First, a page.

Any time you see water in Georgia, whether you’re driving over one of the state’s mighty rivers or walking under an umbrella during a rain storm, you might be seeing a part of the Georgia coast.
Well, maybe not quite any part of the state.
But it’s true that much of the water in Georgia eventually drains to the rivers and tributaries that make their way to the Atlantic Ocean.
That’s why The Nature Conservancy’s coastal conservation work in Georgia is so important.
The Georgia Coast Project includes more than 100 miles of coastline, 14 barrier islands, 300 square miles of open Atlantic Ocean, nine major estuaries (salt marsh and open water), 3,400 miles of tidal shoreline, expansive areas of freshwater tidal forests, maritime forests and long-leaf pine forests.
Vast forests of pines, cabbage palms, and live oaks draped with lacey Spanish moss stand over a dense understory filled with shrubs and smaller trees like American holly, cherry laurel, red bay, saw palmetto, and wax myrtle.
This forest landscape gently eases into expansive salt marshes. Here, blankets of smooth cordgrass unfold to meet the western edge of barrier islands where dunes of hard-packed white quartz sand are grown over with sea oats, pennyworts, and morning glories. The islands, fringed with oyster reefs, beaches and salt marshes that help buffer the coast from storms.
Birding along the Georgia Coast is a year-round affair. Shorebird and songbird migration in spring and fall brings hundreds of birders to the barrier islands. Winter brings ducks, sparrows, and millions of tree swallows. Summer takes birders to rookeries for wood storks, and beaches for nesting plovers and oystercatchers. Learn more and visit Georgia’s Colonial Coast Birding Trail.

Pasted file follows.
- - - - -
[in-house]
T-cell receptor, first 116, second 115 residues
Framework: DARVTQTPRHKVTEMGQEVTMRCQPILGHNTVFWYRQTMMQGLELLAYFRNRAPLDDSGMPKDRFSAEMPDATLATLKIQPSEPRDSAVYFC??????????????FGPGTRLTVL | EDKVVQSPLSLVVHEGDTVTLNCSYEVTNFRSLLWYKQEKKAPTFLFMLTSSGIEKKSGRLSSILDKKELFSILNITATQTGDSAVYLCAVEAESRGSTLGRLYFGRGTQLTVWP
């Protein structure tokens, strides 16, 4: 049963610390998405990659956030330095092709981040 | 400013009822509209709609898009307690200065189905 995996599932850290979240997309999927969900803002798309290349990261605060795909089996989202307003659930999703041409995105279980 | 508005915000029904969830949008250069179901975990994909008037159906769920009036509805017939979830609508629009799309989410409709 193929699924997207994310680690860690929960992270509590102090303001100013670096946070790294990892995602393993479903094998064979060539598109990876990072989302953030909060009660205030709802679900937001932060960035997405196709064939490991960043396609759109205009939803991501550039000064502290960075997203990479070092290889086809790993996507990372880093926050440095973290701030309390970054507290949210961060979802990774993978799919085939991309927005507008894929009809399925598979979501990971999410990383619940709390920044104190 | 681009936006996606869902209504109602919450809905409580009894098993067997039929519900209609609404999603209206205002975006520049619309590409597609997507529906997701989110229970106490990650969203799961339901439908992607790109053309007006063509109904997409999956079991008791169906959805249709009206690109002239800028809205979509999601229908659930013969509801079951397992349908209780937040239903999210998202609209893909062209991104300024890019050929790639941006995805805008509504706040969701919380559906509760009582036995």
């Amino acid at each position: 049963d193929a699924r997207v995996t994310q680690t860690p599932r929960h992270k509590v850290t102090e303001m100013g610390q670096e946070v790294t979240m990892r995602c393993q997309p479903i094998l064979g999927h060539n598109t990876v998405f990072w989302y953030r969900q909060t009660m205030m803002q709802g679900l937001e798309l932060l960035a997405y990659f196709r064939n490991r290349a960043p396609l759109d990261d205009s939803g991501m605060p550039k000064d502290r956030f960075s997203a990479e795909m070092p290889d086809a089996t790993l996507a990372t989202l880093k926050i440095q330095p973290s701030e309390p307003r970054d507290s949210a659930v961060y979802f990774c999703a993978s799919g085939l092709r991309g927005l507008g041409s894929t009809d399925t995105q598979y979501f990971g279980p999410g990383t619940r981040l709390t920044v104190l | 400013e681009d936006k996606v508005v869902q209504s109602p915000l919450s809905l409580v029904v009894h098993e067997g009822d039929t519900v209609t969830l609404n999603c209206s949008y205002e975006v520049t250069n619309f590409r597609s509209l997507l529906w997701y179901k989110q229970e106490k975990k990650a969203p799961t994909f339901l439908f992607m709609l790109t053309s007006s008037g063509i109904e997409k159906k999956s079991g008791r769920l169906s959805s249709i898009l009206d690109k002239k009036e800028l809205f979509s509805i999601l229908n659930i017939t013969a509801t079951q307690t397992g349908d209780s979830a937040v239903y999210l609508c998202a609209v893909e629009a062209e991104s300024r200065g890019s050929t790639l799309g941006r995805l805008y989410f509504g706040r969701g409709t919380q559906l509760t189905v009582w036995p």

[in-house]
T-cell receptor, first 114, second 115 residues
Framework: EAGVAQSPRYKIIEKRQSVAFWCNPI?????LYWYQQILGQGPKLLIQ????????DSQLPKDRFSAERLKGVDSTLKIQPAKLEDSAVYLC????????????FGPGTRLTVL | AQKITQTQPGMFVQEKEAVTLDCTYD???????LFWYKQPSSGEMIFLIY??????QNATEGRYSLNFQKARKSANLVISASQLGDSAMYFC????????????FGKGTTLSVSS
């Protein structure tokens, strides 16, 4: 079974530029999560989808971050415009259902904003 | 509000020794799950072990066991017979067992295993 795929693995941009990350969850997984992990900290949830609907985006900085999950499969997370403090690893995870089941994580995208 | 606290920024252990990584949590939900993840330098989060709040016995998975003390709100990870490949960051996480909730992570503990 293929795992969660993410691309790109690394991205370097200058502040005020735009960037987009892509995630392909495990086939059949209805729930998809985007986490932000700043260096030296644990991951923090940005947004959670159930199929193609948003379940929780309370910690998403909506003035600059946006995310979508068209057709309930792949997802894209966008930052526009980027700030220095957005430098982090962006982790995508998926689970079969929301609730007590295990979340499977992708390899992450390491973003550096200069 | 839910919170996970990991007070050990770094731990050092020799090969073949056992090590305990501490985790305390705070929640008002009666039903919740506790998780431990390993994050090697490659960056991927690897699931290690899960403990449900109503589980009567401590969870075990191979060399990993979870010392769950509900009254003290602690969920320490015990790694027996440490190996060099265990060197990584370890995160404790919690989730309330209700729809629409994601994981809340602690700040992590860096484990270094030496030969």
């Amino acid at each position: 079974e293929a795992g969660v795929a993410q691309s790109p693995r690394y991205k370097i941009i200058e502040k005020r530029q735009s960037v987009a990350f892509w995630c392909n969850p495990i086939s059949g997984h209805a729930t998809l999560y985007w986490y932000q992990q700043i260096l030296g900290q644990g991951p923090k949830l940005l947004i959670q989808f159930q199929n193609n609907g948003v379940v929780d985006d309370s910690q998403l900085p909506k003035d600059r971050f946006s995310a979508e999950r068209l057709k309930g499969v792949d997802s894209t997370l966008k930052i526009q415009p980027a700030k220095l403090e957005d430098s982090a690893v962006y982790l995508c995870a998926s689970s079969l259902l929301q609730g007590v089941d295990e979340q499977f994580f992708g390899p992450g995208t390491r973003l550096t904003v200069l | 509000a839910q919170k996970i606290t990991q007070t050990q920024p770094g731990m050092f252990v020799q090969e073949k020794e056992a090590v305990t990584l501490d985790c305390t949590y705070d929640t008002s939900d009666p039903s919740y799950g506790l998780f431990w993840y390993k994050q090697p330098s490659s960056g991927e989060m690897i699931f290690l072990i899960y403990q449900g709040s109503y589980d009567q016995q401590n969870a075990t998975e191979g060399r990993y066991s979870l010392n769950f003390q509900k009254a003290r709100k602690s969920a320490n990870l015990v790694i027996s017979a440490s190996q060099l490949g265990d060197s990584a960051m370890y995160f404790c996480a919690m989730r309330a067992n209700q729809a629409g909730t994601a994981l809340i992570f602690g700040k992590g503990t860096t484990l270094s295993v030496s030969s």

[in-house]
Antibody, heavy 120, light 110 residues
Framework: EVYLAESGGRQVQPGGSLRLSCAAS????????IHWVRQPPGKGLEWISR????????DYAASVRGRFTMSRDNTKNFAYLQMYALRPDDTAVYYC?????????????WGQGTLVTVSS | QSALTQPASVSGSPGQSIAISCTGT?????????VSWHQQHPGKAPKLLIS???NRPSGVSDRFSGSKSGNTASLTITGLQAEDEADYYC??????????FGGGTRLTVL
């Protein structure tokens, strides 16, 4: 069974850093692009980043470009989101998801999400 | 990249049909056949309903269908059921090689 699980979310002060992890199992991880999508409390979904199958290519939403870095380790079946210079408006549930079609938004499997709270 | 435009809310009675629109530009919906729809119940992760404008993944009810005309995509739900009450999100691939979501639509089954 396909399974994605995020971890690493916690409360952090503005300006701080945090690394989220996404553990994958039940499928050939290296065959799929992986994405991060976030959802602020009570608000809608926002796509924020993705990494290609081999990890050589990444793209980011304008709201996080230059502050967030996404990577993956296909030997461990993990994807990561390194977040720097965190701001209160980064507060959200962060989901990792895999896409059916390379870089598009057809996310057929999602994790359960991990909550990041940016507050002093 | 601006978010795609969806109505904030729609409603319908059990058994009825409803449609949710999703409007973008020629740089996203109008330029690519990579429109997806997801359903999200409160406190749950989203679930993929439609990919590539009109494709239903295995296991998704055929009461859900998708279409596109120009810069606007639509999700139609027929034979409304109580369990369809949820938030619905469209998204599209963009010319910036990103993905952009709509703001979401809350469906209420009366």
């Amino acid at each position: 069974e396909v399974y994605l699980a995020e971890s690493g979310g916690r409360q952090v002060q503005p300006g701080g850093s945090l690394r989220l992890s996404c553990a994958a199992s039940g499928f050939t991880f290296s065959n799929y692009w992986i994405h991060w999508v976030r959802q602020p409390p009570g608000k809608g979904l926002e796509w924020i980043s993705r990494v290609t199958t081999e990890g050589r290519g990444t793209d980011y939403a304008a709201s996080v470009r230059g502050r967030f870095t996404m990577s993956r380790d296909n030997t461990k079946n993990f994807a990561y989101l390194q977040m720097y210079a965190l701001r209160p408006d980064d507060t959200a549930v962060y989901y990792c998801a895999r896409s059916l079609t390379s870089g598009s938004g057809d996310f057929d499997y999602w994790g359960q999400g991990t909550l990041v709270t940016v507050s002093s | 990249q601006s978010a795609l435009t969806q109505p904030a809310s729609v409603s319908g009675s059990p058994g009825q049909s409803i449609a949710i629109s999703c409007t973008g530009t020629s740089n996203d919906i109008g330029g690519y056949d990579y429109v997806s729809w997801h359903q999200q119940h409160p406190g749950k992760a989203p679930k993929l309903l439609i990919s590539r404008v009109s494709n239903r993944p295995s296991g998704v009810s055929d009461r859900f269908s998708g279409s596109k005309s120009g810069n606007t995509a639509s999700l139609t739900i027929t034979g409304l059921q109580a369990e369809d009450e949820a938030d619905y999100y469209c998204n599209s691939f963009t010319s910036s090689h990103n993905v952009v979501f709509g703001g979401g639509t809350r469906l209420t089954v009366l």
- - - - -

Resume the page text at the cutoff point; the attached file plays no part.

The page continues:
The sheer beauty of the Georgia coast is enough to make it distinctive. But the staggering diversity of plant and animal life, combined with these unique estuarine and near-shore habitats, create an area that is truly extraordinary. The Altamaha River Delta alone is visited each year by more than 55,000 shorebirds.
Unfortunately, these areas are also some of the most threatened habitats in the United States, making the plants and animals that depend on them vulnerable as well. Incompatible development and forestry practices, hardened shorelines, sea level rise and climate change, invasive species, pollution and water use and management are just some of the issues we face.
Since TNC first began working on the Georgia coast with the protection of Wassaw Island, Wolf Island and Egg Island in 1969, the pace has not slowed. Nor has the urgency.
Our current work includes:
- Protecting coastal land
- Sharing expertise
- Assisting with policy making
- Restoring coastal habitats
- Developing methodologies for living shorelines
- Working with communities to increase their coastal resiliency and health
- Ocean mapping and database development